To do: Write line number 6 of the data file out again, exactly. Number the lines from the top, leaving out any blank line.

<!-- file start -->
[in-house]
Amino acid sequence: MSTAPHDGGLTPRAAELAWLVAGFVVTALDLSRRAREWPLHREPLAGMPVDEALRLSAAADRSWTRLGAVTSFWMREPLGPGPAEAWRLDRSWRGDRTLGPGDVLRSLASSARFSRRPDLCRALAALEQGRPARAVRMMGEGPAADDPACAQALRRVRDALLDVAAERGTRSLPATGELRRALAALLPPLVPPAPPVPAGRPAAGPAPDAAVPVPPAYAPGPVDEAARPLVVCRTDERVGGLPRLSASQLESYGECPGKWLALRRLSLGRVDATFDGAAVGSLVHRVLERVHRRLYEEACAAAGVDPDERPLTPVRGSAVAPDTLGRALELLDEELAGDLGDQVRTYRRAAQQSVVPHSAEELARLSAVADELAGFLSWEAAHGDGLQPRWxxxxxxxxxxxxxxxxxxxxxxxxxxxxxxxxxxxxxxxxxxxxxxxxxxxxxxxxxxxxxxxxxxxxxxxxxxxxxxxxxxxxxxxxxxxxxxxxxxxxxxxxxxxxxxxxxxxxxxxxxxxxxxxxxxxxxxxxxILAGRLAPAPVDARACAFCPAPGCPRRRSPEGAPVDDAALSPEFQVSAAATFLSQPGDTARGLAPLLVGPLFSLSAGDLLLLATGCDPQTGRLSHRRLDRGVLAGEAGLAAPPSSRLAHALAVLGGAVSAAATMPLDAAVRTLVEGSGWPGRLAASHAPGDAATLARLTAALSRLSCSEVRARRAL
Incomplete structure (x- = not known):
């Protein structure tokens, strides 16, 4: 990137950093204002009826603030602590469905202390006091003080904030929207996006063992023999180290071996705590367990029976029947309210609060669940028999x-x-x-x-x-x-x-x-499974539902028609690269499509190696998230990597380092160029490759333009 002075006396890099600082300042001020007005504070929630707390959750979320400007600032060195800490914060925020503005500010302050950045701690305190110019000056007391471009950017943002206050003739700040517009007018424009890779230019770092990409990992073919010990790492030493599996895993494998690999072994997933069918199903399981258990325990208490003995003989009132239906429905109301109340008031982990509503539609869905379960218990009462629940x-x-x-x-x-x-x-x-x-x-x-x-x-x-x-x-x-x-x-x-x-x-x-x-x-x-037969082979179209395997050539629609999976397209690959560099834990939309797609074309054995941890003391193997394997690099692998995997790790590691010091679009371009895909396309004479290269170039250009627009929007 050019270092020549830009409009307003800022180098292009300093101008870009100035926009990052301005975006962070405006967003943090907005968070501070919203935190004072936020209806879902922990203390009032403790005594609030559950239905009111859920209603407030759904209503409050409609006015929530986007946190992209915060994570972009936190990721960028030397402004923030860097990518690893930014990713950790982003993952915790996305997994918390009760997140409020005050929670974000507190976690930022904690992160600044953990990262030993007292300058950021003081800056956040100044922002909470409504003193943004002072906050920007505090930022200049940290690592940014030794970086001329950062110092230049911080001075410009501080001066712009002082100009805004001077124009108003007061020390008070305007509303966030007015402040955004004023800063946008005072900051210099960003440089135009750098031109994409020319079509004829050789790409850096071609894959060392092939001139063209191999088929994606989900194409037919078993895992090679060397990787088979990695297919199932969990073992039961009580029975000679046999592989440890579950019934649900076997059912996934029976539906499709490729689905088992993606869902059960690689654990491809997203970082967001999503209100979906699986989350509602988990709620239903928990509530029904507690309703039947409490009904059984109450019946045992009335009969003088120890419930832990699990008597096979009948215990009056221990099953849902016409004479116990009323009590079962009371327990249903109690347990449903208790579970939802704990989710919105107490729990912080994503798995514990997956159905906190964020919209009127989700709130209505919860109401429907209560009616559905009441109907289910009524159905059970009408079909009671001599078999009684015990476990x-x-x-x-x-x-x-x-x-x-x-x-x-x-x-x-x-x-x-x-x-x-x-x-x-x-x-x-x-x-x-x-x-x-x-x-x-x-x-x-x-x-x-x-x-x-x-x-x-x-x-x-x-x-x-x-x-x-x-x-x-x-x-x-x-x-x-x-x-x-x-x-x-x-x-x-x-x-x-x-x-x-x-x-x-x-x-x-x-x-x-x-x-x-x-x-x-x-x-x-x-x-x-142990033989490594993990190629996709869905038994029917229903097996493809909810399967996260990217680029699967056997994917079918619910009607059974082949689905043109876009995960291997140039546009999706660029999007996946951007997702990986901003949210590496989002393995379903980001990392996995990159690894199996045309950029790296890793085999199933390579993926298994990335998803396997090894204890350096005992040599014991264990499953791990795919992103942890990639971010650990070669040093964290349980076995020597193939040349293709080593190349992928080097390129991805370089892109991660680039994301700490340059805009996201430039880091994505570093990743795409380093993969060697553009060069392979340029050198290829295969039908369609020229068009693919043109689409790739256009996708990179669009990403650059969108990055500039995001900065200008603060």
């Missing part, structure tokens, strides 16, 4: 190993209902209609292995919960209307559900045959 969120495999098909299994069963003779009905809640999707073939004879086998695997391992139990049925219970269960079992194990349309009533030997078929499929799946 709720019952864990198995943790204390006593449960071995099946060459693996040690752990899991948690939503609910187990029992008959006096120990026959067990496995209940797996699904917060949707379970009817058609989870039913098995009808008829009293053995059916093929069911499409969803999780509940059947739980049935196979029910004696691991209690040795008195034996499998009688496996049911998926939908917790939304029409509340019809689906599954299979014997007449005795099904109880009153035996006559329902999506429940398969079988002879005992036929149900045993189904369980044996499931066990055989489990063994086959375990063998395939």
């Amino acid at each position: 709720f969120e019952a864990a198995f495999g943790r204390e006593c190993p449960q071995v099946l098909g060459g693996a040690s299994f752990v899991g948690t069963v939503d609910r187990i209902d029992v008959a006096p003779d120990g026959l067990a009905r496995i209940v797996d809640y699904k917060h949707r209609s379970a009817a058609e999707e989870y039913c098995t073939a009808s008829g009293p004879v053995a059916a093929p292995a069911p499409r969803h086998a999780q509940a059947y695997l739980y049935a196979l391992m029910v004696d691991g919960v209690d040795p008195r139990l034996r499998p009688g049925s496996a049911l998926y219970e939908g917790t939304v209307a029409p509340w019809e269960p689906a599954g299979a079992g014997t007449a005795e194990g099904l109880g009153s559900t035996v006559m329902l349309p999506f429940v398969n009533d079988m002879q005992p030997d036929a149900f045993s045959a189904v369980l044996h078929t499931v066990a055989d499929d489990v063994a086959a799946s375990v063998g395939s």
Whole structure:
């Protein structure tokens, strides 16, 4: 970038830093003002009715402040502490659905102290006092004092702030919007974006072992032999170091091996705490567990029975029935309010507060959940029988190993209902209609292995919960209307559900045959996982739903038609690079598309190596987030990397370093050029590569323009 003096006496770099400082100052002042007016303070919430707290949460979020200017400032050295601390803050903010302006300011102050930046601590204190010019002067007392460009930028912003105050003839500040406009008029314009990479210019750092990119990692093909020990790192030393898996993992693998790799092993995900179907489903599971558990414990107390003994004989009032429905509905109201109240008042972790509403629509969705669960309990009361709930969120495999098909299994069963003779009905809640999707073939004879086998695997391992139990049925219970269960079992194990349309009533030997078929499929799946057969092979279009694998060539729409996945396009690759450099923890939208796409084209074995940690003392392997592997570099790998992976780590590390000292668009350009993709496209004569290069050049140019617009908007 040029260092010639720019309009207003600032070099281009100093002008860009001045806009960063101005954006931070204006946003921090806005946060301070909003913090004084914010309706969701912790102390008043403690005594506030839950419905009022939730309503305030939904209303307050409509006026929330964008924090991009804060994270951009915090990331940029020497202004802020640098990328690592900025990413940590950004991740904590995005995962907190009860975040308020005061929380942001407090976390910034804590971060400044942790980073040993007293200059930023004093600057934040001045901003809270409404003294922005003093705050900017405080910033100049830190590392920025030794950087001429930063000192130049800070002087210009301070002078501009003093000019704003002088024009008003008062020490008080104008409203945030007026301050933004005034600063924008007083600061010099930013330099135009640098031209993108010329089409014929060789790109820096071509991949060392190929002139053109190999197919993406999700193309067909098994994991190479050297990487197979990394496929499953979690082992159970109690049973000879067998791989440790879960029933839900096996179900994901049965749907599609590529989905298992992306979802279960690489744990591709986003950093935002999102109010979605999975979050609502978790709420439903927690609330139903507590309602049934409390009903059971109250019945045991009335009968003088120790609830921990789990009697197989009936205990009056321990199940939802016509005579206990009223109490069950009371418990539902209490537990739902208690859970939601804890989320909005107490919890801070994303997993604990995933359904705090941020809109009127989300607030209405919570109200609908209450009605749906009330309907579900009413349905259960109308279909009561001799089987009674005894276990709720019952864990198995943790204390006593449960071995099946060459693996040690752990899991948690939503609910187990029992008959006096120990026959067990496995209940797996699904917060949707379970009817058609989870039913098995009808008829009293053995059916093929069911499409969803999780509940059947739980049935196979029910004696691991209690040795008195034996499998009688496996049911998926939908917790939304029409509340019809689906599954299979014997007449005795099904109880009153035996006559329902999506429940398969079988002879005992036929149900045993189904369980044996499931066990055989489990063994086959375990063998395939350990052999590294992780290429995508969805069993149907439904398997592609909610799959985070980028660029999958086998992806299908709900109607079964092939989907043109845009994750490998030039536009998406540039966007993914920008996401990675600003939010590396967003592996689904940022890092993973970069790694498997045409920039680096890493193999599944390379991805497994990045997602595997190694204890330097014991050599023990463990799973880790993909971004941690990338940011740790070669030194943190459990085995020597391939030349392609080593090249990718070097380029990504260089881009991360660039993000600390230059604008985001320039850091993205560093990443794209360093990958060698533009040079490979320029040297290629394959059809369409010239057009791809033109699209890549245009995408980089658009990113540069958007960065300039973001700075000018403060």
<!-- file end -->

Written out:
């Amino acid at each position: 709720f969120e019952a864990a198995f495999g943790r204390e006593c190993p449960q071995v099946l098909g060459g693996a040690s299994f752990v899991g948690t069963v939503d609910r187990i209902d029992v008959a006096p003779d120990g026959l067990a009905r496995i209940v797996d809640y699904k917060h949707r209609s379970a009817a058609e999707e989870y039913c098995t073939a009808s008829g009293p004879v053995a059916a093929p292995a069911p499409r969803h086998a999780q509940a059947y695997l739980y049935a196979l391992m029910v004696d691991g919960v209690d040795p008195r139990l034996r499998p009688g049925s496996a049911l998926y219970e939908g917790t939304v209307a029409p509340w019809e269960p689906a599954g299979a079992g014997t007449a005795e194990g099904l109880g009153s559900t035996v006559m329902l349309p999506f429940v398969n009533d079988m002879q005992p030997d036929a149900f045993s045959a189904v369980l044996h078929t499931v066990a055989d499929d489990v063994a086959a799946s375990v063998g395939s």